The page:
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Renegade Chef: My Irish bi-valves are smiling

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I think creatures that live inside their shells find claustrophobia to be an on-going malady. Sure, the rent is cheap and the location conveniently close to work—but can you imagine being shut inside two shells all day long with nothing but kelp and a Phish CD to keep you occupied?

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When you steam up a batch of mussels, they yawn and smile, seemingly grateful to be free from their shells and tossed with white wine and lemon butter. Oysters are angry because they are not gently steamed, but ripped open and usually swallowed raw. Oysters frown. Legend has it that divers in the deep waters of Strangford Lough can hear the scallops laughing—even after they’ve been captured. Actually, Irish scallops are known to have a good sense of humor.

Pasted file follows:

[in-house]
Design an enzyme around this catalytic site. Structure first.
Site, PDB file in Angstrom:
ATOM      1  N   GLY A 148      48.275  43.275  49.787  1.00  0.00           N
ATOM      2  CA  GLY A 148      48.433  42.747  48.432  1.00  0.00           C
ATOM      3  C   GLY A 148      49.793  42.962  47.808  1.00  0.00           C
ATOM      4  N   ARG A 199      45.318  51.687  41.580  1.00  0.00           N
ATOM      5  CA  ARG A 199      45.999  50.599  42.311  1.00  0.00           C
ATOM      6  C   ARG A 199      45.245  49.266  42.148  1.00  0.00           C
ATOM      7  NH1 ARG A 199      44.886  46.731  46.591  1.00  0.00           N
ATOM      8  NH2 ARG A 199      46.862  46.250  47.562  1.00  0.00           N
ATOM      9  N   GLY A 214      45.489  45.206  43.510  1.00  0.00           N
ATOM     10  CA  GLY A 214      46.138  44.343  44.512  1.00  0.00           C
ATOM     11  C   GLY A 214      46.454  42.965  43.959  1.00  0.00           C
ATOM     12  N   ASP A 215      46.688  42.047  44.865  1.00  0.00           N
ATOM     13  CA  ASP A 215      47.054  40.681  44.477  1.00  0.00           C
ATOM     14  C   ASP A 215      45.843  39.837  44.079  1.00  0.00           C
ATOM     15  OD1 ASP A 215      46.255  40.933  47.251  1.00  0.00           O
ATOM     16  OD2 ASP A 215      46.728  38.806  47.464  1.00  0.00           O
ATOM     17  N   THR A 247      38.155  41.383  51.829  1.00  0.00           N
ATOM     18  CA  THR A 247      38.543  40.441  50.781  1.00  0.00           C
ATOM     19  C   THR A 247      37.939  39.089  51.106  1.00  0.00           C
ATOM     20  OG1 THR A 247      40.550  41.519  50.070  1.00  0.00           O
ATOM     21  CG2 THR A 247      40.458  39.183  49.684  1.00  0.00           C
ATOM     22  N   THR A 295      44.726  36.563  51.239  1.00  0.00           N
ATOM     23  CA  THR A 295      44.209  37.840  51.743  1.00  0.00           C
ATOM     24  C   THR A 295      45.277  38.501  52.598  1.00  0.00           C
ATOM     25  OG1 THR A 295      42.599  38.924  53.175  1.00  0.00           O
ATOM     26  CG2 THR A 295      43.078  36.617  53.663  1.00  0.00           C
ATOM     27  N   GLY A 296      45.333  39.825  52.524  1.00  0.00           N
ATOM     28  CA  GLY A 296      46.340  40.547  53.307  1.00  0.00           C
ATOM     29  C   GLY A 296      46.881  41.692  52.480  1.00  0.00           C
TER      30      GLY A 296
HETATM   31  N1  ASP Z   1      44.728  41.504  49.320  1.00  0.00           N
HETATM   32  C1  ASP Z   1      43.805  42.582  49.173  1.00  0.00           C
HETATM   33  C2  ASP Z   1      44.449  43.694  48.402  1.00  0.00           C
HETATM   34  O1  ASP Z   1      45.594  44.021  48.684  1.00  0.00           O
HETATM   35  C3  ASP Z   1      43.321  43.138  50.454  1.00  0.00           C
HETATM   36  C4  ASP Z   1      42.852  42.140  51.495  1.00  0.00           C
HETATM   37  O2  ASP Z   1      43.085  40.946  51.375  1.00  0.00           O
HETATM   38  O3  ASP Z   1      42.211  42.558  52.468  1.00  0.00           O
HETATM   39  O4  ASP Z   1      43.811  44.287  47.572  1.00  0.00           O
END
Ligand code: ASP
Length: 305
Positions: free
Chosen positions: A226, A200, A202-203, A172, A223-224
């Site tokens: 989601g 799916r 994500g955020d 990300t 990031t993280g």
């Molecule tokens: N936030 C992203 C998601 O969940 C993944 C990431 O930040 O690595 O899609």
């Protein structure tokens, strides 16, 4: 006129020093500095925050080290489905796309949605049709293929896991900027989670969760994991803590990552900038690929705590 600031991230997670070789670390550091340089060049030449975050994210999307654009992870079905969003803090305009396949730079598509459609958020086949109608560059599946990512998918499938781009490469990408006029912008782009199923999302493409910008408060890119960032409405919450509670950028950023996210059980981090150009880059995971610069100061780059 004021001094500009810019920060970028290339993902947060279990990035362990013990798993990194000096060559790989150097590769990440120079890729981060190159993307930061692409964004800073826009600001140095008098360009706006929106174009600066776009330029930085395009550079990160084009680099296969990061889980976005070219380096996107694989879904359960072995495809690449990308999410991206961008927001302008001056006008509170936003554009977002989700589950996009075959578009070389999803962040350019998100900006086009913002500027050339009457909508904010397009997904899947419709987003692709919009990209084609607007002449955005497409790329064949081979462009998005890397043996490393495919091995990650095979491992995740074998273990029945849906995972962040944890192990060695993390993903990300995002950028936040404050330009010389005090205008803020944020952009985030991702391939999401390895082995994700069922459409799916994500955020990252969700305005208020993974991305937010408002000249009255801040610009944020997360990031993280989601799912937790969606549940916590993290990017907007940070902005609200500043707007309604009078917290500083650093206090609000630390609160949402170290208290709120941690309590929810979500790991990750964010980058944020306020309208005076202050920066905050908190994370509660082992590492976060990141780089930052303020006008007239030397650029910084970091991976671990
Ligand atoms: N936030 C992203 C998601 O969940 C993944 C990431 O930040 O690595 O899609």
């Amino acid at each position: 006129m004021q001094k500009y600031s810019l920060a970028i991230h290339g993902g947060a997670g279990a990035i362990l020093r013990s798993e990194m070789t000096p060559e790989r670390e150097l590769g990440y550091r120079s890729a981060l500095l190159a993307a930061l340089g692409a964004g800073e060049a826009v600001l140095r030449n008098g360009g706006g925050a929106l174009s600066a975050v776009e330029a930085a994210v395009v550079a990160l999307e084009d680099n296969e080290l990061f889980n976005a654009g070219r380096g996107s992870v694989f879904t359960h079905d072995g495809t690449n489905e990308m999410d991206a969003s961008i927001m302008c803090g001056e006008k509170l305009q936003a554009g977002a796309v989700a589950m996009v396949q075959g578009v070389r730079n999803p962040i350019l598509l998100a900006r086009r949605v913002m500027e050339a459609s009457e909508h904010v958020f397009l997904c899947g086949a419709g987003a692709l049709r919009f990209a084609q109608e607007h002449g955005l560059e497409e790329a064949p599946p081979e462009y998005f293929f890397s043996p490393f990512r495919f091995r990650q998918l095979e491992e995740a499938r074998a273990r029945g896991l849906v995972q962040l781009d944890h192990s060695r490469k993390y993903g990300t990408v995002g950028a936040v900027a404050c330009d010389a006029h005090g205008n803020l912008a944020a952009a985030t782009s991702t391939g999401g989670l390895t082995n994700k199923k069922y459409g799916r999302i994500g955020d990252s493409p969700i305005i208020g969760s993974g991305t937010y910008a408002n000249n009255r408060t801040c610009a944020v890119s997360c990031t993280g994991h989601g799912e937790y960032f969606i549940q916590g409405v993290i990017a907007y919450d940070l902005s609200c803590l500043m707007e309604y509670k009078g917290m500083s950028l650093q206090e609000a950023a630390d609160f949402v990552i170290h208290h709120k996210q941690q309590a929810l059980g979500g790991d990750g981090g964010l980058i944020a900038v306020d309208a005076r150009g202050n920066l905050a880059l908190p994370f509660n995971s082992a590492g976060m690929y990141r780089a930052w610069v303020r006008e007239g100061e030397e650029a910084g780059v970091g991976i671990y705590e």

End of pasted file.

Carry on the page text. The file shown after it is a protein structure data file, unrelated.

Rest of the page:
Leprechauns are known to be rather humorous little buggers as well. It rains a lot in Ireland, thus creating a surplus of rainbows. It’s easy to laugh when you have a pot of gold but it’s no fun being a rich leprechaun when you can afford to eat shellfish but you’re allergic to bi-valves.

My wife is not a leprechaun, but she is allergic to bi-valves. When she was a little girl, she and her twin sister ended up in a hospital emergency room after eating scallops at a restaurant. Today, she loves seafood but is still resentful that she has been cheated out of a life filled with mussels, clams, oysters and, of course, those hilarious scallops. She has even vowed to find a seafood restaurant conveniently located near a hospital so she can disprove her childhood diagnosis.

Until then, the poor girl is going to have to settle for shrimp, lobster and king crab. Someday she’ll be able to tell the whole sorry story to her great grandchildren—that and the one about walking 10 miles to school, up-hill, both ways, in a blinding snow storm.

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